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Monday, February 23, 2009

The Little Writer

It seems the Little Artist is a budding author now. She brought several of her creations with her yesterday, when she came to deliver Girl Scout cookies. (She's a "Daisy" scout--I didn't know they had scouting for such young girls, but it's great.) Her books all had 5-8 pages and a colored-paper cover with the title on it. She wrote every word herself. She has been writing stories for a while now, but she used to leave out the vowels, so she was the only one who could read them. She makes up her own spelling, which improves with every effort. Her people-drawing has really progressed. The detail in her pictures is amazing. One of her books is based on "High School Musical 2. There are up to three people on every page, who are recognizable throughout the book. Always a blue sky strip with sun at the top. A big box for the stage, a small box for the piano. A different style dress on each girl. She also had a book of fashions that she had made up, and a book of stars. She had just learned to make a 5-pointed star, so she created pages with different designs and stories for the stars. She just loves to make books. Where does this come from?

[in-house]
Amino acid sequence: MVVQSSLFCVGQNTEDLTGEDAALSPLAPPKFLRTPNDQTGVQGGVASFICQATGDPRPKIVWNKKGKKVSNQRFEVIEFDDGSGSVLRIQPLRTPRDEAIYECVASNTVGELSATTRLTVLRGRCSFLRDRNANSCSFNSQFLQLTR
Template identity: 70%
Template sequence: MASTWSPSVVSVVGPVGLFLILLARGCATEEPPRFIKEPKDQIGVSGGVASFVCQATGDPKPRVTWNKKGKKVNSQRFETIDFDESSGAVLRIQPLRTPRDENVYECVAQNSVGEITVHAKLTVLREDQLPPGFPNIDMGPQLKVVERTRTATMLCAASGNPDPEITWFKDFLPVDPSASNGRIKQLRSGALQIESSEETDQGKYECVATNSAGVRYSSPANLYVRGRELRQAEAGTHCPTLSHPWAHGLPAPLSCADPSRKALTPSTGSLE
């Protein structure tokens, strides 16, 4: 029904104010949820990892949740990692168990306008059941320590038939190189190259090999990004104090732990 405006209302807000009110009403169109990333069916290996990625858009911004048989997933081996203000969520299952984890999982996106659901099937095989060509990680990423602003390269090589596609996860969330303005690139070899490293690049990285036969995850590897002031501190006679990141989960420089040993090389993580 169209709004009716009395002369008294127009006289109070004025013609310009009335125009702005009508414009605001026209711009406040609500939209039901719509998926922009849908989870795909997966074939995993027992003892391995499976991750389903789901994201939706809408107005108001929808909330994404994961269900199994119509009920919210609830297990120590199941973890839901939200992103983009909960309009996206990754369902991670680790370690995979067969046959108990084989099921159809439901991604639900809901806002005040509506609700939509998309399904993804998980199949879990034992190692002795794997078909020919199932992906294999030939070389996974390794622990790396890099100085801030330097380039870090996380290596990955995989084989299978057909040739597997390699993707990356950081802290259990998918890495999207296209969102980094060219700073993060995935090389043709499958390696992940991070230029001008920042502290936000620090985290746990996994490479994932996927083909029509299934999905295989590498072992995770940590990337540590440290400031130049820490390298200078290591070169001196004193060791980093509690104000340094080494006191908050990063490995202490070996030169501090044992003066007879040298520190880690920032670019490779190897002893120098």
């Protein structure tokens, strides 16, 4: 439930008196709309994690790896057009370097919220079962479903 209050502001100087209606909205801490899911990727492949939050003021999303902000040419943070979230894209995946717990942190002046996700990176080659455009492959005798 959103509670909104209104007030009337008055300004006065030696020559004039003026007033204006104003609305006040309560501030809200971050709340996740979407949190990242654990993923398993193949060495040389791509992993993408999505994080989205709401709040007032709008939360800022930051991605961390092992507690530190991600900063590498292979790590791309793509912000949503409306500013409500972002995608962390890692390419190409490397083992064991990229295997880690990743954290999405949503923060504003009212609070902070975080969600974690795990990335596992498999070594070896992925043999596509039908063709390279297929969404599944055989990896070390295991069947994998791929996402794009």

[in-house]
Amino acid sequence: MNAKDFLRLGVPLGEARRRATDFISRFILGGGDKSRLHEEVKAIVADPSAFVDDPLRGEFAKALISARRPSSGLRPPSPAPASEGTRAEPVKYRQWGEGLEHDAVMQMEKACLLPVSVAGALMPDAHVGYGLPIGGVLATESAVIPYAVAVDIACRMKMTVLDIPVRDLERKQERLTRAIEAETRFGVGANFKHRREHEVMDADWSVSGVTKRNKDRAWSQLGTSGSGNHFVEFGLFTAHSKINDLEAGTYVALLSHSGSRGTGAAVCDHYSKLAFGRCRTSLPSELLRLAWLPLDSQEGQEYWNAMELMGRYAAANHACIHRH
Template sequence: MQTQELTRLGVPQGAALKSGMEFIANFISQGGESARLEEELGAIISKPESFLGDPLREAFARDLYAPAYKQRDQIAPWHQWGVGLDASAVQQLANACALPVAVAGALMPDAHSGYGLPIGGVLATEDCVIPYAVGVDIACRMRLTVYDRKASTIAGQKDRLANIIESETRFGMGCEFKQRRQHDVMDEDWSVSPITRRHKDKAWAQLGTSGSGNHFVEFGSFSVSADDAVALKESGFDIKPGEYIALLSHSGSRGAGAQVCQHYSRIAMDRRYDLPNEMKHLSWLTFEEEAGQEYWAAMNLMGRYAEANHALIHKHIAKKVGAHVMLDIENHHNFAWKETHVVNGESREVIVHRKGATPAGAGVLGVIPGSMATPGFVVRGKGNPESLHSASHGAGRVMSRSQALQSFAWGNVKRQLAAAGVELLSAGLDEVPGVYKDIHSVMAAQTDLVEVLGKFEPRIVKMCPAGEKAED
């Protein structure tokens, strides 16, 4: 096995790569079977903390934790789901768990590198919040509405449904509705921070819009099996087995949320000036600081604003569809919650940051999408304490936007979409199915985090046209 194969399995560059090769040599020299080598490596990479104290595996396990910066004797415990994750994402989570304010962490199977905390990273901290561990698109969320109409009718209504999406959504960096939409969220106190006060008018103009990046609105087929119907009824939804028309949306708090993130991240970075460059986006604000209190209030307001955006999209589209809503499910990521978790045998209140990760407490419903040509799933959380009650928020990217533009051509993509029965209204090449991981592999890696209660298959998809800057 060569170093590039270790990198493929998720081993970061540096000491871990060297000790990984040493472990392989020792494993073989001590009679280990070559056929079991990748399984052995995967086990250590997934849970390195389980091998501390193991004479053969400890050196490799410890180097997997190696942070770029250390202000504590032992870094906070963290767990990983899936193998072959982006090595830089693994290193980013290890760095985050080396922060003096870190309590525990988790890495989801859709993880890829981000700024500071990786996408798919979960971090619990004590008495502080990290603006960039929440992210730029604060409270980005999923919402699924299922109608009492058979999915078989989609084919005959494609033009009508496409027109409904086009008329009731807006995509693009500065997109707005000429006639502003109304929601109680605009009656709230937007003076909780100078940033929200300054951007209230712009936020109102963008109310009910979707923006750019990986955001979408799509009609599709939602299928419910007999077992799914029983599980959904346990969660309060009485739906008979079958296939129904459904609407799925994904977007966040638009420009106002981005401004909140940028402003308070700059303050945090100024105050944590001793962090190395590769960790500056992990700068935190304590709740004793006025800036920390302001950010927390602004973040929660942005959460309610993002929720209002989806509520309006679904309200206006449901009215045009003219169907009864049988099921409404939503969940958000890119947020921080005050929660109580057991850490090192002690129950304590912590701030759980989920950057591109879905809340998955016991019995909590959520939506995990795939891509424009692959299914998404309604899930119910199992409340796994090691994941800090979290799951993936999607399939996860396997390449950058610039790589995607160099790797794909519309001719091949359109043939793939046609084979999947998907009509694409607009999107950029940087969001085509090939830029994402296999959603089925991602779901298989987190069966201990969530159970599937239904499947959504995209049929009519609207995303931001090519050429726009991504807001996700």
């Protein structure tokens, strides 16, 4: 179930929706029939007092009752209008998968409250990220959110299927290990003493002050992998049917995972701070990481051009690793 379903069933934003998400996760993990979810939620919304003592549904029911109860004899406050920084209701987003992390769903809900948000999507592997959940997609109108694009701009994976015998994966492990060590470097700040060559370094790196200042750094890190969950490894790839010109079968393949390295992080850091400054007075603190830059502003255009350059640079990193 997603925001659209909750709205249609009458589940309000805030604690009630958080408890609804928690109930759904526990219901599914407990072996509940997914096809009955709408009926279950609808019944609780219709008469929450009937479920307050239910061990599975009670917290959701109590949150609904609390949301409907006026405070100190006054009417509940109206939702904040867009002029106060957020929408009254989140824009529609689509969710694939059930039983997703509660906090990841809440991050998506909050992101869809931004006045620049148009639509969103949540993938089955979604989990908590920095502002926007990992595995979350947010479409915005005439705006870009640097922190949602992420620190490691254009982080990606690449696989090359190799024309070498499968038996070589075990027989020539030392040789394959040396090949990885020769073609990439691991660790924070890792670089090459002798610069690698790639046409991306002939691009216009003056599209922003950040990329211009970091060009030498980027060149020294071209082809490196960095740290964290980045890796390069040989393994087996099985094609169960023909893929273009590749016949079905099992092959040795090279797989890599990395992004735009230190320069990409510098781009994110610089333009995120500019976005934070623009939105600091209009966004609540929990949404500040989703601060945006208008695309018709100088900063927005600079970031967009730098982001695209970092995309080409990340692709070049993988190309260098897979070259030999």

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Blogger Gwendolyn said...

Our daughter, now in first grade and studying English as a new-to-her language, comes home nearly every day with a 4 or 8 page book that they have made in class. It is a great idea.

Our other daughter, 11 years old, in 4th grade, studying English as a new-to-her language, does both storyboard journal entries (where she draws a picture at the top of the page and then tells the story below) and regular journal entries, where she writes letters to her English Language Learning teacher.

The ELL teacher explained to me that they begin by having children draw - tell - write and then eventually they hope to teach them to write first and then draw or tell the story.

It's an amazing way for kids to experience language. I can't tell you how many 4 - 8 page commercially produced books we have here at home... hundreds. This makes it possible for the kids to have new stories all the time, but learn by huge repetition at the same time!

And, of course, she gets 'it' from YOU!

11:45 AM  
Blogger Nita said...

That's so wonderful to hear! How times have changed. When our oldest son was in first grade, he was a very good reader and writer, but his teacher didn't allow him to put pictures with his stories. In fact, she would mark down his grade if his exciting stories about witches and dragons, oh my! had smudges in the margins. "Messy paper" would be written at the top of the page. Fortunately, the support he got at home drowned her out and he never had another teacher as bad as that one.

12:02 PM  

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